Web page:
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Front. Educ. | doi: 10.3389/feduc.2018.00014

ASSESSING DIFFERENTIAL ITEM FUNCTIONING ON THE TEST OF RELATIONAL REASONING

 Denis Dumas1* and Patricia Alexander2
  • 1Research Methods and Statistics, University of Denver, United States
  • 2Human Development and Quantitative Methods, University of Maryland, College Park, United States

The Test of Relational Reasoning (TORR) is designed to assess the ability to identify complex patterns within visuospatial stimuli. The TORR is designed for use in school and university settings, and therefore, its measurement invariance across diverse groups is critical. In this investigation, a large sample, representative of a major U.S. university on key demographic variables, was collected, and the resulting data were analyzed using a multi-group, multidimensional item-response theory model-comparison procedure. No significant differential item functioning (DIF) was found on any of the TORR items across any of the demographic groups of interest. This finding is interpreted as evidence of the cultural fairness of the TORR, and potential test-development choices that may have contributed to that cultural fairness are discussed.

Keywords: differential item functioning (DIF), relational reasoning, cultural fairness, Educational testing and assessment, Psychometrics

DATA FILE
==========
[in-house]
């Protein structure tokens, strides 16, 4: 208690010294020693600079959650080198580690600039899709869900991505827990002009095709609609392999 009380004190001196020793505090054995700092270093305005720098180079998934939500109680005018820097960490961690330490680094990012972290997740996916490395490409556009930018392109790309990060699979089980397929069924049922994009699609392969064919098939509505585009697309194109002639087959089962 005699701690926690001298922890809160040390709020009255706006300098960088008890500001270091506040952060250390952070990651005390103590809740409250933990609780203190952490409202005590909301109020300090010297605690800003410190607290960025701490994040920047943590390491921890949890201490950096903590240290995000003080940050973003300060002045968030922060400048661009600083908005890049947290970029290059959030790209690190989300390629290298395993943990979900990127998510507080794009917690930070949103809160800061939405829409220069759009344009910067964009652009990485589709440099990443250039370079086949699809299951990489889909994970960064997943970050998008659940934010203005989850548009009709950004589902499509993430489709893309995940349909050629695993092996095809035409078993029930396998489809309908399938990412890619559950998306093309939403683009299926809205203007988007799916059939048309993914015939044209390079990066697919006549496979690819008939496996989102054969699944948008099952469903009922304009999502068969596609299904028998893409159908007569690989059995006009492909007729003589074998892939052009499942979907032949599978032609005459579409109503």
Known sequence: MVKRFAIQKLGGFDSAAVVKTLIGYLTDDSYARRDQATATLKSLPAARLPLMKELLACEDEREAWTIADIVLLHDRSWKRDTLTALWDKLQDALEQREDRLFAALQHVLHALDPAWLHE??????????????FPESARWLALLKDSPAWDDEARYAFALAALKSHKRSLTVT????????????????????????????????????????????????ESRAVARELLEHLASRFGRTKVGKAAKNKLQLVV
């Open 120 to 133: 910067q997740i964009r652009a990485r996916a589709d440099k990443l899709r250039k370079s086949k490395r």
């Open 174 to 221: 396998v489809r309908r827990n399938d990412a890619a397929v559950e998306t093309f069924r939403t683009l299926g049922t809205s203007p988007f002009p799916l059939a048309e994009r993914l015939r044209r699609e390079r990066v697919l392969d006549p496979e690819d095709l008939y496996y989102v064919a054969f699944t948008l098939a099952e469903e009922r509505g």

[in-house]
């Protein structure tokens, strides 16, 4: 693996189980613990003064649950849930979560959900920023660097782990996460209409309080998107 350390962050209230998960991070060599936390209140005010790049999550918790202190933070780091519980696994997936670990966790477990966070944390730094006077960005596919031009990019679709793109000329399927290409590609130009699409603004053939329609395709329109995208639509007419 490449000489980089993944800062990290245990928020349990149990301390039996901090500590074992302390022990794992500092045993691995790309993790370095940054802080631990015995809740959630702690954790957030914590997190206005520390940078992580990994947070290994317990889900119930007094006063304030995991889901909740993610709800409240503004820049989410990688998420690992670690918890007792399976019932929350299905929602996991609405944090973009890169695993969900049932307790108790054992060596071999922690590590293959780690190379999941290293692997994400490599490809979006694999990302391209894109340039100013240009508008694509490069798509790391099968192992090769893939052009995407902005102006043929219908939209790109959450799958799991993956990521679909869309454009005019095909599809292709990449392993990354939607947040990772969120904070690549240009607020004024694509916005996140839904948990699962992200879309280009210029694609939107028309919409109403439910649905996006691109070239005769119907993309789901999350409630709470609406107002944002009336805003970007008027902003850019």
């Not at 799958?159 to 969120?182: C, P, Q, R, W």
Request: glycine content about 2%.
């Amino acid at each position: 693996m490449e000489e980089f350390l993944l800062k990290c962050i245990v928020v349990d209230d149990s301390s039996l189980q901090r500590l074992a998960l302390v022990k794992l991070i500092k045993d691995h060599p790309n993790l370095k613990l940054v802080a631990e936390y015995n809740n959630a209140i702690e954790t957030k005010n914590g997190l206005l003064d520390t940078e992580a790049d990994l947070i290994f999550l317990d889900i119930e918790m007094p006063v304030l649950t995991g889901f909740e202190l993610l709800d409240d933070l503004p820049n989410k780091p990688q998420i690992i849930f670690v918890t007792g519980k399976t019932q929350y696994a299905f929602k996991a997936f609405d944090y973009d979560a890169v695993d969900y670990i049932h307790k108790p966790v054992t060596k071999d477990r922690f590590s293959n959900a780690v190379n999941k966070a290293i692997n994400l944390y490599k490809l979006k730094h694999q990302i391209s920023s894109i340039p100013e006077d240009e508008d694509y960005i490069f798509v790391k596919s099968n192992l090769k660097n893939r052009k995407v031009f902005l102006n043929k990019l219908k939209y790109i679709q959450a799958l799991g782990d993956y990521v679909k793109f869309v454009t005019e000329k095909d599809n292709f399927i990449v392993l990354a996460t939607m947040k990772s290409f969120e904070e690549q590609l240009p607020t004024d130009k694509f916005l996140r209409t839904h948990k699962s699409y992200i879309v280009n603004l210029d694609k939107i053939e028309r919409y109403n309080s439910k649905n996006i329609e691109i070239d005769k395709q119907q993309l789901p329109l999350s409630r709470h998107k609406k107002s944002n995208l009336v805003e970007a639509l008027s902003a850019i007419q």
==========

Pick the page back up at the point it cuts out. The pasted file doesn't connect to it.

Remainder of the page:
Received: 18 Sep 2017; Accepted: 15 Feb 2018.

Edited by:

Christopher C. Deneen, National Institute of Education, Nanyang Technical University, Singapore

Reviewed by:

Raman Grover, Ministry of Education, Canada
Okan Bulut, University of Alberta, Canada  

Copyright: © 2018 Dumas and Alexander. This is an open-access article distributed under the terms of the Creative Commons Attribution License (CC BY). The use, distribution or reproduction in other forums is permitted, provided the original author(s) and the copyright owner are credited and that the original publication in this journal is cited, in accordance with accepted academic practice. No use, distribution or reproduction is permitted which does not comply with these terms.

* Correspondence: Dr. Denis Dumas, University of Denver, Research Methods and Statistics, 233 Katherine A Ruffatto Hall, 1999 East Evans Avenue, Denver, 80208, Colorado, United States, denisgdumas@gmail.com